In partnership with Central Manchester University Hospitals NHS Foundation Trust (CMFT), the development will create Citylabs 2.0 and Citylabs 3.0 on the CMFT campus, in the heart of Manchester’s Innovation District – Corridor Manchester.
The new development will provide additional space to enable biomedical companies to grow and co-create new health products, in collaboration with the NHS and academia for the benefit of patients.
It is anticipated that when both are completed and fully let Citylabs 2.0 and 3.0 will bring additional economic growth in excess of £100m and over 750 new jobs to the city.
Rowena Burns, chief executive of Manchester Science Partnerships said: “It is entirely fitting that we are making this announcement as part of ESOF - an international event which is focused on innovation and collaboration – two of the pillars on which our business is built.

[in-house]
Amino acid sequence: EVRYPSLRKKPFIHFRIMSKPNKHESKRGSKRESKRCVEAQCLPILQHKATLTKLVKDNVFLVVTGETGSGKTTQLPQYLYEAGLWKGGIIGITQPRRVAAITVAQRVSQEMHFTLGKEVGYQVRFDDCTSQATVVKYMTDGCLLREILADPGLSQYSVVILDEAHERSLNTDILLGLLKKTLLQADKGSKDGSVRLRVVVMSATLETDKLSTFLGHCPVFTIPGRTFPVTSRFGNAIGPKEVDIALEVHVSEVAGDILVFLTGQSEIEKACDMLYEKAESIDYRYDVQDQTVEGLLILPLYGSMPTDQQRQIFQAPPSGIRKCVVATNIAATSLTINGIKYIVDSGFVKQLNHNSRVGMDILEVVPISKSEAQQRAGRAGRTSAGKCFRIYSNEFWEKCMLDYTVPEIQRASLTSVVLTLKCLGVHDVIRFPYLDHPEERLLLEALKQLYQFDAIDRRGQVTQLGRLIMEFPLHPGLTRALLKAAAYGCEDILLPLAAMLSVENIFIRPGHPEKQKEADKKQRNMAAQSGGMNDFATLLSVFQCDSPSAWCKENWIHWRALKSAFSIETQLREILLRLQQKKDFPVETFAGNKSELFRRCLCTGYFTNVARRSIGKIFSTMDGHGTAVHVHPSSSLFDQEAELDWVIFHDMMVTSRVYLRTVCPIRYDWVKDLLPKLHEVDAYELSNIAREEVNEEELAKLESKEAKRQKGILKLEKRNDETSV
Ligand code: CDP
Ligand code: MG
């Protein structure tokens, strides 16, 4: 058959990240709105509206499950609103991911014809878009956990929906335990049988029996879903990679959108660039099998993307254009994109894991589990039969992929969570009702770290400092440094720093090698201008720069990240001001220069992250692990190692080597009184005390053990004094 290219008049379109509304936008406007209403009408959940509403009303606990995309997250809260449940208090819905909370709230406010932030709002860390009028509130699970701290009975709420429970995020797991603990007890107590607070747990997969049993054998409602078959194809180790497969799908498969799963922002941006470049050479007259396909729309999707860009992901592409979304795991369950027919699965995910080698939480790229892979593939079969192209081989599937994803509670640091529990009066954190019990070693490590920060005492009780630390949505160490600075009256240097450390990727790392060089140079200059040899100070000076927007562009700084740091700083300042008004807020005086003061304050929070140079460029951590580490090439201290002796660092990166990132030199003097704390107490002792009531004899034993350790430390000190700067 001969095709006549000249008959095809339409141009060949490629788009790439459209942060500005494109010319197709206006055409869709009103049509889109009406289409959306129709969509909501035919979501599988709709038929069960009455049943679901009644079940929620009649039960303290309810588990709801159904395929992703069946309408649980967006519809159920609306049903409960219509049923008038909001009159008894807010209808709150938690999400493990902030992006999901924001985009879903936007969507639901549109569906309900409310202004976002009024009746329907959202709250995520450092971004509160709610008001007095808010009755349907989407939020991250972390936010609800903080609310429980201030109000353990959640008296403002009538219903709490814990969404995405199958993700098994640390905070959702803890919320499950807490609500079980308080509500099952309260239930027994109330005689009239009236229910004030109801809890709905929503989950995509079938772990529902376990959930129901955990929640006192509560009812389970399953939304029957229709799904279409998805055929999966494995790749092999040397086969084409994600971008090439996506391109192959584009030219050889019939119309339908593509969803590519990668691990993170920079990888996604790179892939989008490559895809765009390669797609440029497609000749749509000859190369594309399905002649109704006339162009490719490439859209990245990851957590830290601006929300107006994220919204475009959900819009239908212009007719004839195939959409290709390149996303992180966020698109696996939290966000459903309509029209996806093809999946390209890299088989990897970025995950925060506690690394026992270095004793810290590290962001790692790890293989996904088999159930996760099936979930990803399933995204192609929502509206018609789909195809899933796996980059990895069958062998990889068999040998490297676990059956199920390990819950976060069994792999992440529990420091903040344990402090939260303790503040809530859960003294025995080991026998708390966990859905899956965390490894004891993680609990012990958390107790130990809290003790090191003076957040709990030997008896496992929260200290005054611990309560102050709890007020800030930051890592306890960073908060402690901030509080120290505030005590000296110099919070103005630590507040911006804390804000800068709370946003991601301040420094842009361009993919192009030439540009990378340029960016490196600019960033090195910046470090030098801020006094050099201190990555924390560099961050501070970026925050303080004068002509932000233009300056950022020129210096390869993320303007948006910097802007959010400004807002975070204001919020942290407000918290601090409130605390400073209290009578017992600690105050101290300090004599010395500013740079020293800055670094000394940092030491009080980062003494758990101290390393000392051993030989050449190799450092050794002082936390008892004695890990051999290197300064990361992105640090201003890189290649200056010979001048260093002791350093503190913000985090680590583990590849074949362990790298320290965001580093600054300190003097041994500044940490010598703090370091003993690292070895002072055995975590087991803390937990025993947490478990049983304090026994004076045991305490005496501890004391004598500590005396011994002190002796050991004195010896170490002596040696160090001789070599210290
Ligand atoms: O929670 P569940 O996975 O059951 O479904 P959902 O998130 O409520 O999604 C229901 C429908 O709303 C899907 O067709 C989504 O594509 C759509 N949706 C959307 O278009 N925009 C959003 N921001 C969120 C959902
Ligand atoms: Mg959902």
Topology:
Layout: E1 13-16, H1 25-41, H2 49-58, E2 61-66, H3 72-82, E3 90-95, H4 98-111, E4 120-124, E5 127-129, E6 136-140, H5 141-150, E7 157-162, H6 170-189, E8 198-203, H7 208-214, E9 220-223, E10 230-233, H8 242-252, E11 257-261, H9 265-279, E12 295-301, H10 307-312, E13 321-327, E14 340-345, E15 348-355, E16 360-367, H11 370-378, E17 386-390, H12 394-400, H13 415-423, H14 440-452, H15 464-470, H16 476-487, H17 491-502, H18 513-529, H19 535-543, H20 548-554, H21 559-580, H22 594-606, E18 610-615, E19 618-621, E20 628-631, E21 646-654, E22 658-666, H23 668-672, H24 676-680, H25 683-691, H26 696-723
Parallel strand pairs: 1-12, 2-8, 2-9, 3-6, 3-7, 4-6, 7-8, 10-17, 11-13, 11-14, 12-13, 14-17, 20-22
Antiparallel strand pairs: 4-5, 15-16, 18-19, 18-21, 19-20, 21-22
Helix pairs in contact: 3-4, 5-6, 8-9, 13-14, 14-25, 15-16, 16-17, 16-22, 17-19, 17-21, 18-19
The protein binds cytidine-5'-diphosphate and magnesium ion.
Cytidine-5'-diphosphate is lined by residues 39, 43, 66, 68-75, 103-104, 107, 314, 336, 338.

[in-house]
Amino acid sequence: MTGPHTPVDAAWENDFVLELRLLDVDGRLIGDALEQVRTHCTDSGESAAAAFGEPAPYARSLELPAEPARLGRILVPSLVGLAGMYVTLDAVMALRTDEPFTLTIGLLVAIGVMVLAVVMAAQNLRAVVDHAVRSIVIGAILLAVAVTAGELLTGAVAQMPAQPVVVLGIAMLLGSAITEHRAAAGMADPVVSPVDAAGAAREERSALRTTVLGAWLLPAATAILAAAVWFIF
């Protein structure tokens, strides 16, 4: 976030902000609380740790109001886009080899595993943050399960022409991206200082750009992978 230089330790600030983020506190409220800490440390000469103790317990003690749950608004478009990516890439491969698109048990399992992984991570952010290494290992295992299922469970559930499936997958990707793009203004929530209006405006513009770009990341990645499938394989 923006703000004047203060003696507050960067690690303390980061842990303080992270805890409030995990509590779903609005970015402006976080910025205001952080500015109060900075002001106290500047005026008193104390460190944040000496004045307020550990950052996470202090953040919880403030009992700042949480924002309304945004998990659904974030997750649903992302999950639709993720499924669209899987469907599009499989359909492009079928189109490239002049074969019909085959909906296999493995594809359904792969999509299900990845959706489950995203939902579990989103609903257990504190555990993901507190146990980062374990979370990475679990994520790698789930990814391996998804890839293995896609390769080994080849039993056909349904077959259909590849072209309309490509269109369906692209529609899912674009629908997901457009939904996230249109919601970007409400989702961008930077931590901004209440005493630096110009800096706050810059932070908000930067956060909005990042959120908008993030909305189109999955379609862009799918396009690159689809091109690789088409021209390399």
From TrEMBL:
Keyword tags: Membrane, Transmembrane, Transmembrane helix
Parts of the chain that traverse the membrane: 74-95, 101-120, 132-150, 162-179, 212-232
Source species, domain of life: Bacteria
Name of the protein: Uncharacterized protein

“Manchester’s Innovation District will be strengthened further by the development of Citylabs 2.0 and 3.0. Our investment will help create fresh ideas, partnerships and scientific discovery. Above all, Manchester and the North West offer investors outstanding access to talent, knowledge and clinical facilities.”
Steve Mycio OBE, chairman of Central Manchester University Hospitals NHS Foundation Trust added: ”By working together in this way with industry, the NHS can ensure health technologies are developed that deliver better outcomes more efficiently to meet current and future needs of our patients and healthcare providers.
Sir Richard Leese, Leader of Manchester City Council said: “Citylabs epitomises Manchester's proud tradition of cutting edge research, one of our distinctive strengths.
“This major investment sends out a resounding message that we remain an outward and forward-looking city in which those who want to invest and create jobs can flourish."
Citylabs 1.0, which opened in September 2014 after a £25m redevelopment, was fully let within 15 months of opening. It is on track to generate more than 400 new jobs and contribute an estimated £60 million a year to Manchester’s economy.
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